At the beginning of deliberations in the jury room, Cobb is speaking with Fiedler in uncharacteristic calmness; Cobb is in complete denial of having any emotional stake in the case, imagining it to be such an open-and-shut case, the boy’s guilt so obvious and proven, that one needn’t discuss it any further. Just convict the boy and get it over with.

We soon learn, however, that Cobb has done an unconscious transference of his own, similarly-aged son onto the defendant. Sending the boy to the electric chair is equivalent, in Cobb’s mind, to punishing his son for having displeased him so often: seeing, to his embarrassment, his son run away from a fight, getting hit by his son in a fight of their own, and being estranged from his son ever since.

There is a mother’s containment of her child’s agitations, then there’s Cobb’s failure, as a father, to contain his son’s agitations. His son’s running away from a fight is embarrassing to Cobb’s sense of manhood, so he’s tried to toughen his son up. He’s succeeded, but at the cost of estranging his son from him. Cobb has subjected his son to what Bion considered negative containment: instead of soothing his son, Cobb has aggravated his son’s agitations.

The mechanism of containment and growing in K is projective identification, which as I said above is what Bion considered a preverbal form of communication, achieved through exchanging energy–through projection and introjection. When done well, this swapping of projections is soothing and conducive to intellectual and emotional growth; when done poorly, we see, for example, the mutual alienation caused by Cobb and his son.

Fonda, on the other hand, is trying to effect change in the jurors by achieving a more soothing, mutually beneficial exchange of energy among the twelve men. He’d replace contempt for the defendant with compassion. He tries to be as polite and reasonable as he can…though with this bunch, it can be very difficult to be nice.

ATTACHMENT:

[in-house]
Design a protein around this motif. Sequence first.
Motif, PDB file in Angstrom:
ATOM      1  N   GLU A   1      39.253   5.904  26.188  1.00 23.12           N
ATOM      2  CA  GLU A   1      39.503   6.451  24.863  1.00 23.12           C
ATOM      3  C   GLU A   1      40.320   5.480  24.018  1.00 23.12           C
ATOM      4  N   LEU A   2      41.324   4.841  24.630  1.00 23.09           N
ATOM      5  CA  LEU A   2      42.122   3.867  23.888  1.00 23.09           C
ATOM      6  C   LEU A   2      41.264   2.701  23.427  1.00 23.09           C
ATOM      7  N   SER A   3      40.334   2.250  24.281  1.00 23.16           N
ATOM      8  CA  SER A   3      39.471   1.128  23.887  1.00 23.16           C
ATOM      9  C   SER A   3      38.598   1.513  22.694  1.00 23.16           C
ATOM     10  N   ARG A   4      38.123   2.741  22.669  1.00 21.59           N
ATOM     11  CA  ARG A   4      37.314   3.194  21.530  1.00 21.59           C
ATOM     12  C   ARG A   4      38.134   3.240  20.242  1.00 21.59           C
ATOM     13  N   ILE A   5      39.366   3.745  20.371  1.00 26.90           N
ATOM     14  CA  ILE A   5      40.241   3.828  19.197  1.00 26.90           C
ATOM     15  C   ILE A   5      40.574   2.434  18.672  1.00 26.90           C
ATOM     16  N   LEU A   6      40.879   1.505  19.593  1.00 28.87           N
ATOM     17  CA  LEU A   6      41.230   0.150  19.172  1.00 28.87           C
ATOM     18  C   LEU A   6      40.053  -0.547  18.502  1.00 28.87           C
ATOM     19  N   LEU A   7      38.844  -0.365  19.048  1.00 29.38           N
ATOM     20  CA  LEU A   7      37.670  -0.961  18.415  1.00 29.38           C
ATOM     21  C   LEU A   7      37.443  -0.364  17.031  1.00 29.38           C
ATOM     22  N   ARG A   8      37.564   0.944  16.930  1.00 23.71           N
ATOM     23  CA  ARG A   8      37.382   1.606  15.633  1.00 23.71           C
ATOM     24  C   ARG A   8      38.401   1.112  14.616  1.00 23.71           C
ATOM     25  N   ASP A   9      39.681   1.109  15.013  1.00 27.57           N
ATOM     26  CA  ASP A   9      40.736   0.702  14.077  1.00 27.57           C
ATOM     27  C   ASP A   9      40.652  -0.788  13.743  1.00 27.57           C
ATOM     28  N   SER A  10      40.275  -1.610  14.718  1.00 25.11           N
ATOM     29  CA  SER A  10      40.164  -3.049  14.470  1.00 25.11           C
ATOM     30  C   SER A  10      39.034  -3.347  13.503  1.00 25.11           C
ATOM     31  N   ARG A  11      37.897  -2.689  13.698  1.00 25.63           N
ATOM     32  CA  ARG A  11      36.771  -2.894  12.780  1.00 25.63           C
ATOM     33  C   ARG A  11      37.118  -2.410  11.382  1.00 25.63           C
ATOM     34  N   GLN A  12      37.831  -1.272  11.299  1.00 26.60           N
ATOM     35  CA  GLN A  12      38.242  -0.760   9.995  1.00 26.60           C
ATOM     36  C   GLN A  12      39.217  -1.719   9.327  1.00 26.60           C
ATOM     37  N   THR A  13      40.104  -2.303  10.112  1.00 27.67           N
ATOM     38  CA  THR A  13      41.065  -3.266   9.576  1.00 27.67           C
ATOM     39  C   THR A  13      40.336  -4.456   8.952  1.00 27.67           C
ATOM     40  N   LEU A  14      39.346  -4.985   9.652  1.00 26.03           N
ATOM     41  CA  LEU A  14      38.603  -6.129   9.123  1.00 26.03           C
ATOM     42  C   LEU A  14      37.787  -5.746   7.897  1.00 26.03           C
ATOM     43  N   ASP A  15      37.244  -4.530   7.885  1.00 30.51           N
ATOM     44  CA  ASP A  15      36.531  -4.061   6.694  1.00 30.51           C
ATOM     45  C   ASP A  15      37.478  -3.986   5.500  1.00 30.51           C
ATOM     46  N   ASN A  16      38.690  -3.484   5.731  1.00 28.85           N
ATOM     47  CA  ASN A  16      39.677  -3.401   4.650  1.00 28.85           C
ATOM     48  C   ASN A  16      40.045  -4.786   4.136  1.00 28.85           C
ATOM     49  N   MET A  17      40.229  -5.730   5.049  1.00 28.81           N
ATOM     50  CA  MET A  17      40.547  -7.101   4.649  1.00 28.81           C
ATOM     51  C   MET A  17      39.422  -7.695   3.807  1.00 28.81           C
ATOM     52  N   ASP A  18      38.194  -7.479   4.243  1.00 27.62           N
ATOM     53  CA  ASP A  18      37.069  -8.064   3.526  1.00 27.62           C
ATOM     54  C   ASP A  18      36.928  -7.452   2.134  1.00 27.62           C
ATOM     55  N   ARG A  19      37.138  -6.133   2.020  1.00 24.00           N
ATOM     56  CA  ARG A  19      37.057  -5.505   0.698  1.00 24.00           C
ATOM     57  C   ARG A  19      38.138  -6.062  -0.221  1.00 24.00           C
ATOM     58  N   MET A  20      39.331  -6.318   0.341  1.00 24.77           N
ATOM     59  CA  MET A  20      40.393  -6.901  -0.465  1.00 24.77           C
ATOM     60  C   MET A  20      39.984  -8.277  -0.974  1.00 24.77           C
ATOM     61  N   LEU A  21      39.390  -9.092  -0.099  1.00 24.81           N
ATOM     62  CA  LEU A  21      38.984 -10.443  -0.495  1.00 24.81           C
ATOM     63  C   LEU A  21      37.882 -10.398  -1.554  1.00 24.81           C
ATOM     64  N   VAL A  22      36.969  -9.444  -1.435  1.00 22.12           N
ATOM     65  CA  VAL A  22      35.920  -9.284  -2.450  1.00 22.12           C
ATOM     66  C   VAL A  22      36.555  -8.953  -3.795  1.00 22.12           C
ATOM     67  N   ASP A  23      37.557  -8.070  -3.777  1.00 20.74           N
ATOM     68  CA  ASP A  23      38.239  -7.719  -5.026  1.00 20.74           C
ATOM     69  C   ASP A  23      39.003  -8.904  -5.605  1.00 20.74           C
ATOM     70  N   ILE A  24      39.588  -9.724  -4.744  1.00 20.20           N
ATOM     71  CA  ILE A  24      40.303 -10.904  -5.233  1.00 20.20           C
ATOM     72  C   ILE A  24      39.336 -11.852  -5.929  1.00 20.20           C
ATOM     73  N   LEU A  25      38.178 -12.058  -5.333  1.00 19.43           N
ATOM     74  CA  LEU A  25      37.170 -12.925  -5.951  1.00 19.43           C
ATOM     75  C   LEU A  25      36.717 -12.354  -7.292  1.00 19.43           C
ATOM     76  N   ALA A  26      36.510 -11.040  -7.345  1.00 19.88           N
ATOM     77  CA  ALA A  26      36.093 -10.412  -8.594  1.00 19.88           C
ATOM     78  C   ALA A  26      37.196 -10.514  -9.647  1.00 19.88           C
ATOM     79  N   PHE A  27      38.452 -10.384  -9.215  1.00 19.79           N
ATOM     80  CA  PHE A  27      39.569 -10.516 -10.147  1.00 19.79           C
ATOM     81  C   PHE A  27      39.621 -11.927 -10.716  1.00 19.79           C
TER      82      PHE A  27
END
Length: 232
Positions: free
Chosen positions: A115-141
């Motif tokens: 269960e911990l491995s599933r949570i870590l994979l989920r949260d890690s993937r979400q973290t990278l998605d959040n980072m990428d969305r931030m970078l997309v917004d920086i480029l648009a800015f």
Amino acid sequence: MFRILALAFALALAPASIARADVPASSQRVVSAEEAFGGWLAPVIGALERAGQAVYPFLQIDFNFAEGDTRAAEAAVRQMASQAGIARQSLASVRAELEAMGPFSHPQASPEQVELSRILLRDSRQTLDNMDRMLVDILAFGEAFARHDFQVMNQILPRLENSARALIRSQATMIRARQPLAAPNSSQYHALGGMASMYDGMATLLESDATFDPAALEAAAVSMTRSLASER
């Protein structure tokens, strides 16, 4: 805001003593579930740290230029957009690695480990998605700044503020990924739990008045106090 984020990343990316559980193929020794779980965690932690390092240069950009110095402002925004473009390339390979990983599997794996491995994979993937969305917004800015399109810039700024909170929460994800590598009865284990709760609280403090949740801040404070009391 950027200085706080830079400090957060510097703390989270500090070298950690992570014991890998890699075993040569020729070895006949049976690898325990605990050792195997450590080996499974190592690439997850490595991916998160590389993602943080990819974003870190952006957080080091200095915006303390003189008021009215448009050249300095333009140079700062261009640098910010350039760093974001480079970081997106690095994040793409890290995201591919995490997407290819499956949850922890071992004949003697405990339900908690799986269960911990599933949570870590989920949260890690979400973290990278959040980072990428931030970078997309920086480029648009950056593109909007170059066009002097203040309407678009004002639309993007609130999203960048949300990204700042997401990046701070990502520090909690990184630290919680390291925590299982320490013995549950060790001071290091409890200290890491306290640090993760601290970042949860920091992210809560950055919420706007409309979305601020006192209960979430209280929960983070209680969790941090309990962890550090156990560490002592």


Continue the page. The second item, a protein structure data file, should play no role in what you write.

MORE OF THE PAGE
The resistance of the other eleven to Fonda’s questioning of the facts of the case against the defendant can be described in terms of what Bion called attacks on linking, or the refusal/inability of the subject to link with the object (e.g., the self with other people–that is, the other jurors’ initial refusal to sympathize with Fonda), or to make links in knowledge between things. The result is, instead of a growth in K, the stubborn, adamant refusal to grow in knowledge…-K.

A few of the men, however, are open to Fonda’s wish to discuss the case further. The first of these is Sweeney, who admires Fonda’s courage in standing alone and risking the ridicule of the others. Elderly Sweeney is a wise, thoughtful, and observant gentleman. He has all the virtues one obtains from the ability to self-soothe and grow in knowledge through an exchange of energy with other people.

The opposite of such thinking can be seen in another old man, the bitter, bigoted character Begley plays. It’s not really clear if he is prejudiced against an ethnic group (Is the defendant of Italian background? Is he a Jew?) or against the working-class poor; as a garage owner, Begley is a petite bourgeois who therefore would regard himself as ‘superior’ to the working class. One therefore shouldn’t be surprised that he would have attitudes ultimately linked with fascism.

Begley’s generalizations about the defendant (“He’s a common, ignorant slob. He don’t [sic] even speak good English.”) are obvious projections of his own ungrammatical ignorance. His bigotry is a classic case of trying to project all that is wrong with himself onto the defendant.

Now, as wrongheaded and cruel as Cobb’s and Begley’s reasons are for insisting on a verdict of guilty, at least they have conviction, a firm position on the case, and they believe in consistency with that position. It can be argued, therefore, that Warner’s character is the most despicable of the bunch, for his whole motive in voting guilty or not guilty is in getting out of the jury room as quickly as possible…so he can arrive in time at a baseball diamond and watch the game.

A young man’s life is at stake, and all that Warner cares about is getting to the baseball game in time, so his tickets, which are “burning a hole in [his] pocket,” aren’t a waste of money. His impatience is a perfect example of the inability to soothe and detoxify external agitations, an impatience coupled with an unwillingness to grow in knowledge.

And in all irony, he changes his vote from guilty to not guilty…not because he’s had a real change of heart about the defendant (though, of course, he pretends that he’s had such a change). He simply realizes that the tide is turning in favour of acquittal, and his vote-changing, he imagines, will accelerate the end of deliberations so he can get to that baseball game sooner.